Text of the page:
excerpt: everyone is beautiful

Here’s the excerpt my great publicist at Random House included with Everyone Is Beautiful when she mailed it out to reviewers this week:

“There is no better people-watching than at the airport: The whole world packed into such a tight space, moving fast with all their essentials in their rolling bags. And what caught my attention, as I took a few breaths and took in the crowds, were all the imperfections. Everybody had them. Every single person that walked past me had some kind of flaw. Bushy eyebrows, moles, flared nostirls, crooked teeth, crow’s feet, hunched backs, dowager humps, double chins, floppy earlobes, nose hairs, pot bellies, scars, nicotine stains, upper arm fat, trick knees, saddle bags, collapsed arches, bruises, warts, puffy eyes, pimples. Nobody was perfect. Not even close. And everybody had wrinkles from smiling and squinting and craning their necks. Everybody had marks on their bodies from years of living–a trail of life left on them, evidence of all the adventures and sleepless nights and practical jokes and heartbreaks that had made them who they were. In that moment, I suddenly loved us all the more for our flaws, for being broken and human, for being embarrassed and lonely, for being hopeful or tired or disappointed or sick or brave or angry. For being who we were, for making the world interesting. It was a good reminder that the human condition is imperfection. And that’s how it’s supposed to be.”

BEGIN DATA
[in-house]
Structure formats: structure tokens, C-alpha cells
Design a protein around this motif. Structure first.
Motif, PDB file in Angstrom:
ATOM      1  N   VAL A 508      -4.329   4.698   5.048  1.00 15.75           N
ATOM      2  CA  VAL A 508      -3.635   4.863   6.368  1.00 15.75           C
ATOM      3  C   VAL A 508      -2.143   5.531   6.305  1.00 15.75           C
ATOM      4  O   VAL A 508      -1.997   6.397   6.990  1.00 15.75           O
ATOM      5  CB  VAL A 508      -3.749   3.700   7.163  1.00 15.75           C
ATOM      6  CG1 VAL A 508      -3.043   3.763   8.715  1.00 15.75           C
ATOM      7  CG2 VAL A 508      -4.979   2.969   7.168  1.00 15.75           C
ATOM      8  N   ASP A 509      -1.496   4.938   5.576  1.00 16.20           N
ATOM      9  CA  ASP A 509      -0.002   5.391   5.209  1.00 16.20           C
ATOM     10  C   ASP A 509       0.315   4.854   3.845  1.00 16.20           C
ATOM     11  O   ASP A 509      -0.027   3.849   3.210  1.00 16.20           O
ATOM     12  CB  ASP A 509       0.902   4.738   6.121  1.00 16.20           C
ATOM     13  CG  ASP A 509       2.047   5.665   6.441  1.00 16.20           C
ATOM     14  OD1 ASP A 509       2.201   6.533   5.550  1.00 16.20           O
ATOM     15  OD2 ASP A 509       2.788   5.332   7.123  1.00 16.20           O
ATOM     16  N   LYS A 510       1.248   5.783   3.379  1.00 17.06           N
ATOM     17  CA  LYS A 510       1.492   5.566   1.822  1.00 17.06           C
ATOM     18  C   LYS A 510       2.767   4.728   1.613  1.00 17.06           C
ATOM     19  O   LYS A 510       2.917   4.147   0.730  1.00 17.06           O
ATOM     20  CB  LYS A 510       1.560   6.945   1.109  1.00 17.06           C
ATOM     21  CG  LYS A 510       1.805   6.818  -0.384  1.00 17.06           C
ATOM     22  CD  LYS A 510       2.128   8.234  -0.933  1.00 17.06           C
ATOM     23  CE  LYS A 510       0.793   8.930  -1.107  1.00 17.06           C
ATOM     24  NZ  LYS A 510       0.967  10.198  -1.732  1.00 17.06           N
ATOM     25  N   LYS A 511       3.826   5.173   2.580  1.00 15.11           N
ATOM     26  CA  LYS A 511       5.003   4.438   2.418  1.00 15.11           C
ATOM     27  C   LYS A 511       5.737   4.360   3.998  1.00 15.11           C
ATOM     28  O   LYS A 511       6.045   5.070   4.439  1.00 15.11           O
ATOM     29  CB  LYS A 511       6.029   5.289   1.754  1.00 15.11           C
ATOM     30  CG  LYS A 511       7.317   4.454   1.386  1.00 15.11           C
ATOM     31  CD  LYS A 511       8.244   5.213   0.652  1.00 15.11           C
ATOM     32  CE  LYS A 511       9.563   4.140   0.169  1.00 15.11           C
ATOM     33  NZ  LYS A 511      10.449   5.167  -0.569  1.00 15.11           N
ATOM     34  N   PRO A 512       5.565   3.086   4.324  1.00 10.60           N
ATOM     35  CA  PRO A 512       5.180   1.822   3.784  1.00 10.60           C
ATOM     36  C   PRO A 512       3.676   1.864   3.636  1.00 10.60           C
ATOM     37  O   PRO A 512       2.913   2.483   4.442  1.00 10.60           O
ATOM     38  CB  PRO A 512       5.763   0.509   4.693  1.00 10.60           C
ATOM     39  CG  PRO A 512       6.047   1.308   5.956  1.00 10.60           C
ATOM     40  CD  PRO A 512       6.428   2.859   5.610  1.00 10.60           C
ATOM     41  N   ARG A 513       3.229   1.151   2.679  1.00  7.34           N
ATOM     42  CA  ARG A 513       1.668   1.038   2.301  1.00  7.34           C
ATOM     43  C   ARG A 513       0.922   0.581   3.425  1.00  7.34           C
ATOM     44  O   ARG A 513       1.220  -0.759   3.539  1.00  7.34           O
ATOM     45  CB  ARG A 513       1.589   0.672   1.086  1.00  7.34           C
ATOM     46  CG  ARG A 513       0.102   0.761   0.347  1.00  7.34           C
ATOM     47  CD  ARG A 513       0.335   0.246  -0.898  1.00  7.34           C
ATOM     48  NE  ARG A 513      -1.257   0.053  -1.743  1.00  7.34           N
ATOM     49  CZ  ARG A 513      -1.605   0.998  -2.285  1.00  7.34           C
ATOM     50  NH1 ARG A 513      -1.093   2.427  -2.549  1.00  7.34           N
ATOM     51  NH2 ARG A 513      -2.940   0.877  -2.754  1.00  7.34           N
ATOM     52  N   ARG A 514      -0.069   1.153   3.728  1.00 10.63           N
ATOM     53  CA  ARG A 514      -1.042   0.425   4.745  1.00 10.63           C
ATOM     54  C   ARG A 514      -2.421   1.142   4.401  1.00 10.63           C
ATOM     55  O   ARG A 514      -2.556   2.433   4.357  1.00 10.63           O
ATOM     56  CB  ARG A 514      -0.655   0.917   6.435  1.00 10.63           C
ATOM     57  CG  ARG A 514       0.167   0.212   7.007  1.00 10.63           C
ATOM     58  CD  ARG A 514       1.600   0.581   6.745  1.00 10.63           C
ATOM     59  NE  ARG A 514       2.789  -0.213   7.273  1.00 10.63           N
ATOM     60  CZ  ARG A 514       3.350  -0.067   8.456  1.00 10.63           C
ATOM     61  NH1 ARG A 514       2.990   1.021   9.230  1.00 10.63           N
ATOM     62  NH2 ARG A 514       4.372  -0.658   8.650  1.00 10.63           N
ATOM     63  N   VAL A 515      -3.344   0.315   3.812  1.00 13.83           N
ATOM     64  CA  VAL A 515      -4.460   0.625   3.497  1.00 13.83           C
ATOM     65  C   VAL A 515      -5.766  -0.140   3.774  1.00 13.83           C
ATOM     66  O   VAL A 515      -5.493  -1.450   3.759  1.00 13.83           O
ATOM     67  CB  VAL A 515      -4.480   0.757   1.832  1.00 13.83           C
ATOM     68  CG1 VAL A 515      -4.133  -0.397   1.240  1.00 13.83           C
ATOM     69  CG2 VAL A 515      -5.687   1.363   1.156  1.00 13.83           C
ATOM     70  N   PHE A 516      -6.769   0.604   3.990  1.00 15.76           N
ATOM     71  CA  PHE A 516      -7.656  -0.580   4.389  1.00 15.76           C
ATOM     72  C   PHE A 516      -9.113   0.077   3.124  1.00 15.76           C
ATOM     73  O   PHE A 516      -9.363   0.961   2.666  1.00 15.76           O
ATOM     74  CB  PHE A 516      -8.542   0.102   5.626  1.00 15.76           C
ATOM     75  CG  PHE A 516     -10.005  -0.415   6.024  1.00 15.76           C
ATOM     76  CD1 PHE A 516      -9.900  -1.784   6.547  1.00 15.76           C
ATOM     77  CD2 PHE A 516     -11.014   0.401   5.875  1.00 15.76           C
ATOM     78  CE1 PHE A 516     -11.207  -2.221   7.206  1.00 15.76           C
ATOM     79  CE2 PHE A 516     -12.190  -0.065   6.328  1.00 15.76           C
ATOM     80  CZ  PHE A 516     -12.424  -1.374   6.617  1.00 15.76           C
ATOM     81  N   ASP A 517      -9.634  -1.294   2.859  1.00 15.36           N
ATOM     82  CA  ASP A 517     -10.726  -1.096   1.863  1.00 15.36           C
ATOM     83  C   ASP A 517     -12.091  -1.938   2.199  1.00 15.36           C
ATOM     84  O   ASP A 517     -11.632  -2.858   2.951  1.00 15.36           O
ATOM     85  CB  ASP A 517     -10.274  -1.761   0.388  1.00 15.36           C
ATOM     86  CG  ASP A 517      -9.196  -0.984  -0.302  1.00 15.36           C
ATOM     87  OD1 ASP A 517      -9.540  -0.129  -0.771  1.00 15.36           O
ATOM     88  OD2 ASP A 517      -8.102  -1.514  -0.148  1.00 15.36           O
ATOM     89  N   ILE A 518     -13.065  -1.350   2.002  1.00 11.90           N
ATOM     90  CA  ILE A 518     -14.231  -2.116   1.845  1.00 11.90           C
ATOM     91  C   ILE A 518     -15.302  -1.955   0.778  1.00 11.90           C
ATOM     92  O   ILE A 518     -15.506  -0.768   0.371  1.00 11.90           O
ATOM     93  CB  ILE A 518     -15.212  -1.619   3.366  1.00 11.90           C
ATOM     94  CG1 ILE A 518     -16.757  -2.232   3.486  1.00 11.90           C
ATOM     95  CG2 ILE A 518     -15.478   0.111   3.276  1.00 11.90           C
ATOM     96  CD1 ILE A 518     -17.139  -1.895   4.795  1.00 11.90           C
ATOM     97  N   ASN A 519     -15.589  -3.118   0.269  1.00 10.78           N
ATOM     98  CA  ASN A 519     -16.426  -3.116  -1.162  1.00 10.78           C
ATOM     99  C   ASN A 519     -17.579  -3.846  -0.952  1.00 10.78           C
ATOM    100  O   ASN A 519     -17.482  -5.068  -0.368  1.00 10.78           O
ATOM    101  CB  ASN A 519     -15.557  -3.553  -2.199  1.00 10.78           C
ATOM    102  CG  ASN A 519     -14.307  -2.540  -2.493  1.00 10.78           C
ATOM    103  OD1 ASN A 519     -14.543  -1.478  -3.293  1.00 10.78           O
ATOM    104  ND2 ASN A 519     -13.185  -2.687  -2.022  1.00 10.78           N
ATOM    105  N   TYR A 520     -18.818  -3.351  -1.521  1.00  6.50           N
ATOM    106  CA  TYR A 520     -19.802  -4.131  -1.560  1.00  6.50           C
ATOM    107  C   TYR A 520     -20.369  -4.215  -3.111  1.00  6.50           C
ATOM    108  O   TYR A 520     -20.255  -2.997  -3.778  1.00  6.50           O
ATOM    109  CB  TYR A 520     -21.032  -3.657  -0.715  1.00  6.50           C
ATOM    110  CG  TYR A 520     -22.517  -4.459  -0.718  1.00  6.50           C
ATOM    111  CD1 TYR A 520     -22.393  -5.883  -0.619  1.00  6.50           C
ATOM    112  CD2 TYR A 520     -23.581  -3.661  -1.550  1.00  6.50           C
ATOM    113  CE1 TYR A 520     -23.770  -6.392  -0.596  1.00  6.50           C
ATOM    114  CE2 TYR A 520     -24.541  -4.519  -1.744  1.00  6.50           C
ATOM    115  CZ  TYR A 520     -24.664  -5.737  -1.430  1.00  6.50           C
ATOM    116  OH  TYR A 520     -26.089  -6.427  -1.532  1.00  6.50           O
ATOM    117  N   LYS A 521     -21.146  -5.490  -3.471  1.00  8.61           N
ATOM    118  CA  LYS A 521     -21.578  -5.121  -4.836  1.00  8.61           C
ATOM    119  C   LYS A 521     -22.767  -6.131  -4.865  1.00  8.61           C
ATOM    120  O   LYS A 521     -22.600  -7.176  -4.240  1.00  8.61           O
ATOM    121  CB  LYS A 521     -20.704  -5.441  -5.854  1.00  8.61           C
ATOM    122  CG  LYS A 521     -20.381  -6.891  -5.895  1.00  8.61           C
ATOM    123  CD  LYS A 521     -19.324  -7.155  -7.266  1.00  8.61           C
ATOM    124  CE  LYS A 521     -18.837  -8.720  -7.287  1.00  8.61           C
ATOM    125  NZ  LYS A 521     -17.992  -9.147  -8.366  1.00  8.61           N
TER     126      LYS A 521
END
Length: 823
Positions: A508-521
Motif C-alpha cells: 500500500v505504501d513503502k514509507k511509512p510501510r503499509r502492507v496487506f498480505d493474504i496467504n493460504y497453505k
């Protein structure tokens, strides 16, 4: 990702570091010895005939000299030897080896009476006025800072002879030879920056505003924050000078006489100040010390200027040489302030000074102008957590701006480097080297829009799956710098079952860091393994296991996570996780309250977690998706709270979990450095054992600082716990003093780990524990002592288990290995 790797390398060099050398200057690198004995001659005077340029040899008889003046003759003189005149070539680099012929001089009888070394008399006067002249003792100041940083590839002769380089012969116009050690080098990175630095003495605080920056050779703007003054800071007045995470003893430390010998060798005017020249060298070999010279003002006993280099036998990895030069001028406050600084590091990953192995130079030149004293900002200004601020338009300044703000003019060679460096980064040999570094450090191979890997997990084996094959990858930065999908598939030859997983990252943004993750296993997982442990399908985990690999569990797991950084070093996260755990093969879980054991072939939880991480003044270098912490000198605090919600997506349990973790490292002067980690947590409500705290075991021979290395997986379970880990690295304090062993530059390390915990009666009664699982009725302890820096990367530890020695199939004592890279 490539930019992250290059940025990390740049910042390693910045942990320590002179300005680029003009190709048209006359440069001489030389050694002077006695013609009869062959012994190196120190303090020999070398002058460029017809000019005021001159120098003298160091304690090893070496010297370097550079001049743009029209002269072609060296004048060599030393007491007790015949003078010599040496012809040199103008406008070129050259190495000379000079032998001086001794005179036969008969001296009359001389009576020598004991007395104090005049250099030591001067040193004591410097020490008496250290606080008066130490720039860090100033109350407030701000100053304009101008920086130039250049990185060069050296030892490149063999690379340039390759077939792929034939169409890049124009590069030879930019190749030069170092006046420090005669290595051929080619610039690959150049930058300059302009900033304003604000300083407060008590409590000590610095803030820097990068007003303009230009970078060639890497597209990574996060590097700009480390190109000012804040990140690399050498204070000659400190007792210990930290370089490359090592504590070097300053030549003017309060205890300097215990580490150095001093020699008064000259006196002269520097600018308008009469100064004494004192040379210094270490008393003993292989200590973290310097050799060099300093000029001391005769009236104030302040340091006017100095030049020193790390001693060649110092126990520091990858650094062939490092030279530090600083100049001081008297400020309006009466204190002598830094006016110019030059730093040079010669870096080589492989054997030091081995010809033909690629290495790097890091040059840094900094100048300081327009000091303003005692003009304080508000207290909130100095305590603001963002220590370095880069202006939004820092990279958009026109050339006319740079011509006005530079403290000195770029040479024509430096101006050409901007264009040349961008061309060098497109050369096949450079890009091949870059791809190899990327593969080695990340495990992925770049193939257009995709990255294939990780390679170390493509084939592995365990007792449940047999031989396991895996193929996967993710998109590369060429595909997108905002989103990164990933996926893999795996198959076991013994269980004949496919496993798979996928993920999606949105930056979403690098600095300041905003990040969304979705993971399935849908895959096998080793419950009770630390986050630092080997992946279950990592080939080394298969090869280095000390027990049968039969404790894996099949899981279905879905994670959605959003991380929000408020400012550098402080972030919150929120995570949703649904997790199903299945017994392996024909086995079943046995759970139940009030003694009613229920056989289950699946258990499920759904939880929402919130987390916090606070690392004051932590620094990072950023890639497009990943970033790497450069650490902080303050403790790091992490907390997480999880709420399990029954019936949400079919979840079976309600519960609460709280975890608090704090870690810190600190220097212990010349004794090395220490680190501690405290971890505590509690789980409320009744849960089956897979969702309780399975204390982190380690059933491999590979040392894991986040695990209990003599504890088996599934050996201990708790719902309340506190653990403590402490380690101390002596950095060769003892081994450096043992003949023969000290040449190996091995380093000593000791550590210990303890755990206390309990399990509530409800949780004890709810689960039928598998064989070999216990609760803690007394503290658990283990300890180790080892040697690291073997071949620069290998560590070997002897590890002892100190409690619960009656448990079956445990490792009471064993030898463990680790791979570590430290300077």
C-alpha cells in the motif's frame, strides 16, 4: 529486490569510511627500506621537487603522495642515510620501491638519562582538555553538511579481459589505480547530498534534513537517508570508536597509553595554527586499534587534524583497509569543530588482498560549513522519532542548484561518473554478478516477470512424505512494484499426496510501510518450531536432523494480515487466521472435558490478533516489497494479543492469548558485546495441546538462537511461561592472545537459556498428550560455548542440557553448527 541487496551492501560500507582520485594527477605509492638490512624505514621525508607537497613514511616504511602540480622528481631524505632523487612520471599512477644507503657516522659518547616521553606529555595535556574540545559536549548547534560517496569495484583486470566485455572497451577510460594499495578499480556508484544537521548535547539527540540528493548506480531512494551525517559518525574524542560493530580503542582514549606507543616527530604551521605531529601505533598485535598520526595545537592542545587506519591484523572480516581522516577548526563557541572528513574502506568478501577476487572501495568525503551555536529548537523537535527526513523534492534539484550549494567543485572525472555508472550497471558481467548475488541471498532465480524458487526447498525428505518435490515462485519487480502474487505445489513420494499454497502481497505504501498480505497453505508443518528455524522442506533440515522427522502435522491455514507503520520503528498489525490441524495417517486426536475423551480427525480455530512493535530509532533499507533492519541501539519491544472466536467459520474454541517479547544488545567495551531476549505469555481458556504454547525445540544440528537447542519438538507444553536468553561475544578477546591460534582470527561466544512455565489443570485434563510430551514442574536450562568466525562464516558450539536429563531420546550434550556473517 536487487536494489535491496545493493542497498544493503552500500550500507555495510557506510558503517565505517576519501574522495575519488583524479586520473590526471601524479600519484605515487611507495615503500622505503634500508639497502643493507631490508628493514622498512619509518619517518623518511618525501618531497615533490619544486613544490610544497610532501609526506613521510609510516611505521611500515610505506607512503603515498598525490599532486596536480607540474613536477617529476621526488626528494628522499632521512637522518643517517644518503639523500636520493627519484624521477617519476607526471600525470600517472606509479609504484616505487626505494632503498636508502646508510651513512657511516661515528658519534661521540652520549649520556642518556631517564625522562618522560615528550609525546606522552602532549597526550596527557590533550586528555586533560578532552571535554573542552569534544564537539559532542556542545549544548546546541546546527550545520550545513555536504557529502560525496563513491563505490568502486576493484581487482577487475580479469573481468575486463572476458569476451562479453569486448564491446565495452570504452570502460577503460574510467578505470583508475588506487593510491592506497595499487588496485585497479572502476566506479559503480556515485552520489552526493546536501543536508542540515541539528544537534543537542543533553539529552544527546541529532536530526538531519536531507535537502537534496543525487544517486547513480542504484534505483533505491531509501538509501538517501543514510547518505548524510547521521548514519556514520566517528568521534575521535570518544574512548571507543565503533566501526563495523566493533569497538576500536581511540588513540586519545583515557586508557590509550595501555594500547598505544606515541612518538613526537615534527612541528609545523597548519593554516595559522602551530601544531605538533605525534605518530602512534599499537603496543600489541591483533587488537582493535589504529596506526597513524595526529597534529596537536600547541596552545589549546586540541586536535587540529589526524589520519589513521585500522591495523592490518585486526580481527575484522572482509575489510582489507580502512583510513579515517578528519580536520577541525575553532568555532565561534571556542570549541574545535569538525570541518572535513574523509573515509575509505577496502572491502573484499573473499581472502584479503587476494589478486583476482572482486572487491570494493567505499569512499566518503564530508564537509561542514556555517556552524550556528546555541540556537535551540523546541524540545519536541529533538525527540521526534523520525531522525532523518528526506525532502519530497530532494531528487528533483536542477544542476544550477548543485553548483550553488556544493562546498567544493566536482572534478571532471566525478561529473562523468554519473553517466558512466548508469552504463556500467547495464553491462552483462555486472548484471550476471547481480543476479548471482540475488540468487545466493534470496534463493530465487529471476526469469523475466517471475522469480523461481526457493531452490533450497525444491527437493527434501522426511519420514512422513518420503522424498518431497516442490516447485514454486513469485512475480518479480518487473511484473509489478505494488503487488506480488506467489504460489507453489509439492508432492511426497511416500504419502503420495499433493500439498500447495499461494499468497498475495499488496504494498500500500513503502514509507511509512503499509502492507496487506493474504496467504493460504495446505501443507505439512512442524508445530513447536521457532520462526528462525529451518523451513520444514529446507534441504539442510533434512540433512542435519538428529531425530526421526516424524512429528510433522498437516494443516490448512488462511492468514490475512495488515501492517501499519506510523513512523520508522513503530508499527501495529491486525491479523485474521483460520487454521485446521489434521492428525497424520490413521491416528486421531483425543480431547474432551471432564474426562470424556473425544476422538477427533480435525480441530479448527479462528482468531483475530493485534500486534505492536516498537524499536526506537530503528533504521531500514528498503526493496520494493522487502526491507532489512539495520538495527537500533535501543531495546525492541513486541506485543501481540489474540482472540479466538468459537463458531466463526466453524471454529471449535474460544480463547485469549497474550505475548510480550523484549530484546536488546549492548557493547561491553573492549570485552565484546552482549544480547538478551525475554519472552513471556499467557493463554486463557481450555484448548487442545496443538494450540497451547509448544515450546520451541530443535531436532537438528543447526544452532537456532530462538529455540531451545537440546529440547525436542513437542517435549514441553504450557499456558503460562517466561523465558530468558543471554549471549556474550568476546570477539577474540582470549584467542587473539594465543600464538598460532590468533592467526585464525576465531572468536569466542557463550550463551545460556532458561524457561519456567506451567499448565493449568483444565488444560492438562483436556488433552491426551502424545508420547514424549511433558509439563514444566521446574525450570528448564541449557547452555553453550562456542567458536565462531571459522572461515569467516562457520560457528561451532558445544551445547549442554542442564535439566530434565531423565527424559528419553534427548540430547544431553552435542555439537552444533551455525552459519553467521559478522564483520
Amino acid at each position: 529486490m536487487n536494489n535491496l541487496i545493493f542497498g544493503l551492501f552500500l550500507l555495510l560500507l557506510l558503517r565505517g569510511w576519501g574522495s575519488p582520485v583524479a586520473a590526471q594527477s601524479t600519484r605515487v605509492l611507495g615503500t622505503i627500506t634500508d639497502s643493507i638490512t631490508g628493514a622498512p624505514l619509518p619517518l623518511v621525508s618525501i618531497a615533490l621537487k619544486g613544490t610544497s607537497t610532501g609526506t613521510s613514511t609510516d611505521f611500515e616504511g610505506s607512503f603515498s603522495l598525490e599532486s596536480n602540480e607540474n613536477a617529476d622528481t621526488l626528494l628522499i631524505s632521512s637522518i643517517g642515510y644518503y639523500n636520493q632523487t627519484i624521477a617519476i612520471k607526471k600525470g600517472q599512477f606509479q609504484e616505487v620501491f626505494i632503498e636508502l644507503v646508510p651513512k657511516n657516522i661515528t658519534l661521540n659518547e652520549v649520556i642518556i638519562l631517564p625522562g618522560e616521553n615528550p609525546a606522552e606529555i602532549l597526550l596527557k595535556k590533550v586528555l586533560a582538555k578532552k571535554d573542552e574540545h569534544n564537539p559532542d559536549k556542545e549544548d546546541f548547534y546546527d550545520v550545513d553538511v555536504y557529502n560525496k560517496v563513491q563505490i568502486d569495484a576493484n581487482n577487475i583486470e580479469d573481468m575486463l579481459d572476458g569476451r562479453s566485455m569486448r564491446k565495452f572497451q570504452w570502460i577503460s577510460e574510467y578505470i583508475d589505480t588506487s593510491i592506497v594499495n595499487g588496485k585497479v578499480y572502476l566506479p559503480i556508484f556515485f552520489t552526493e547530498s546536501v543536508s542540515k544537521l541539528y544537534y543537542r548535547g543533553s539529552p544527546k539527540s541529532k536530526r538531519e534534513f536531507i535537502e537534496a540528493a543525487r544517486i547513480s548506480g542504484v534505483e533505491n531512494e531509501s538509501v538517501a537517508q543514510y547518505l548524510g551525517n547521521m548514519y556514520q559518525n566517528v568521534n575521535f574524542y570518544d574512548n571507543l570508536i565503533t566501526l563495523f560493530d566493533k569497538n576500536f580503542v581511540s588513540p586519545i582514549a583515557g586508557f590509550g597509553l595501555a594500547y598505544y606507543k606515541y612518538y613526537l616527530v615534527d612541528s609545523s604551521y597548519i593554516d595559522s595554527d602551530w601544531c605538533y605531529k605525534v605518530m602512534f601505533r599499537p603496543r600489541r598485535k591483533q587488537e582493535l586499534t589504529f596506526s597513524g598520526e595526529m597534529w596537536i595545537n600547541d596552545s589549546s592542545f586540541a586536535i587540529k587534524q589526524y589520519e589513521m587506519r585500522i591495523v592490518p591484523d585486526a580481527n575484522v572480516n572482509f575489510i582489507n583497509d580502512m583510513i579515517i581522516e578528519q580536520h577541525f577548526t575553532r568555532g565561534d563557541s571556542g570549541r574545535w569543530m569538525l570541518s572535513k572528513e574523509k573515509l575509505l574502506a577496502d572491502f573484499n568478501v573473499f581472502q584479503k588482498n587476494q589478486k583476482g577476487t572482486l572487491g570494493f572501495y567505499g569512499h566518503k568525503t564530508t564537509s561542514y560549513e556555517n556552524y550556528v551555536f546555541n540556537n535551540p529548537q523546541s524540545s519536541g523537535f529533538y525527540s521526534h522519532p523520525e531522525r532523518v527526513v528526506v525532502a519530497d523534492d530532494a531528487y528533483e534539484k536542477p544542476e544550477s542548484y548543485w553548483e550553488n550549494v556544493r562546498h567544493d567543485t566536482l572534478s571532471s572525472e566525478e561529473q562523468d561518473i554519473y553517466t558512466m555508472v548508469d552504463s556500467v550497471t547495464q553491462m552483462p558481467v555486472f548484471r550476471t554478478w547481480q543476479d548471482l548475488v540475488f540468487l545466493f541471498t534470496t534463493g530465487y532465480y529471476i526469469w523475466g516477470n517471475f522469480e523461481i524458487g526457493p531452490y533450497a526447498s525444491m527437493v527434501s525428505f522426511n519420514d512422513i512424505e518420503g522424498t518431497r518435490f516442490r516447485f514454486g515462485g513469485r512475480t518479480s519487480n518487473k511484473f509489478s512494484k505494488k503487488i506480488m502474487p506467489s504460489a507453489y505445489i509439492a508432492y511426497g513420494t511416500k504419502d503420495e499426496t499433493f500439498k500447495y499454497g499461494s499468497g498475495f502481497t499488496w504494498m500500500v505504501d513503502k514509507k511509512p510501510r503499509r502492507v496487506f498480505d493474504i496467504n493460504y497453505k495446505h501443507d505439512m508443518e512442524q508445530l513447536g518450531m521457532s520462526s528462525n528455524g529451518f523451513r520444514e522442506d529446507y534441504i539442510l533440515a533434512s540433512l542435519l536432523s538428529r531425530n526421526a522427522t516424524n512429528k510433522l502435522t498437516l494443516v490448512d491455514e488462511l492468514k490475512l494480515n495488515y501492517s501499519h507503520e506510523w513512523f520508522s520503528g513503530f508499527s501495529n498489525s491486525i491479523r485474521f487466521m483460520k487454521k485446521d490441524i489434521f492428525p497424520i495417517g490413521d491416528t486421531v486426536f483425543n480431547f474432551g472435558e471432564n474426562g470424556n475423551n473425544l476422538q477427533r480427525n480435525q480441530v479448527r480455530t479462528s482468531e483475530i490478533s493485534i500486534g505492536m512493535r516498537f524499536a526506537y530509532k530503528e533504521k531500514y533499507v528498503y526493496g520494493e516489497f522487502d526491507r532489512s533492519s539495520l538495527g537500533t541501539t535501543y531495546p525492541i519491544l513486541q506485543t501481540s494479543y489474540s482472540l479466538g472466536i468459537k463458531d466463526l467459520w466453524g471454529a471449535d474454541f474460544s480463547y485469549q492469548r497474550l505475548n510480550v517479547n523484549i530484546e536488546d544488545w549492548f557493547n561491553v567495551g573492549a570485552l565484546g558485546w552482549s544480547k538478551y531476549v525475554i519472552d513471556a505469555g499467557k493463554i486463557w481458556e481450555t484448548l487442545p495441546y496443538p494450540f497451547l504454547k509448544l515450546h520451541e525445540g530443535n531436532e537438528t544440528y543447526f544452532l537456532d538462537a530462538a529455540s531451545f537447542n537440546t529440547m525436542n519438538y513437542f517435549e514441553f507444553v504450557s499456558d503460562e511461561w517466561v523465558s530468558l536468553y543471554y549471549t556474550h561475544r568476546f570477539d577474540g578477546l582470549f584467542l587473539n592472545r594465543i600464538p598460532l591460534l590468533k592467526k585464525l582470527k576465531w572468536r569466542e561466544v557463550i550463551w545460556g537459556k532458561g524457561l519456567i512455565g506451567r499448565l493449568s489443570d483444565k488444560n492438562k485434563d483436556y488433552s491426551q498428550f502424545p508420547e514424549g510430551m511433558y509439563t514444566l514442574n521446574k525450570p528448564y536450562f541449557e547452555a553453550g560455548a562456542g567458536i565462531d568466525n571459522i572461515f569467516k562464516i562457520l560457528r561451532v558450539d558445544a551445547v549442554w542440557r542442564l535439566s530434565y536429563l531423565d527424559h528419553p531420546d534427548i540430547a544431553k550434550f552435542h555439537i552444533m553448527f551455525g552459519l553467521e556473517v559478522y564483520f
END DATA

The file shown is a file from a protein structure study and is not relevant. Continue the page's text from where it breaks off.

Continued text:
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(Image from Square America)

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Filed under excerpts, prose

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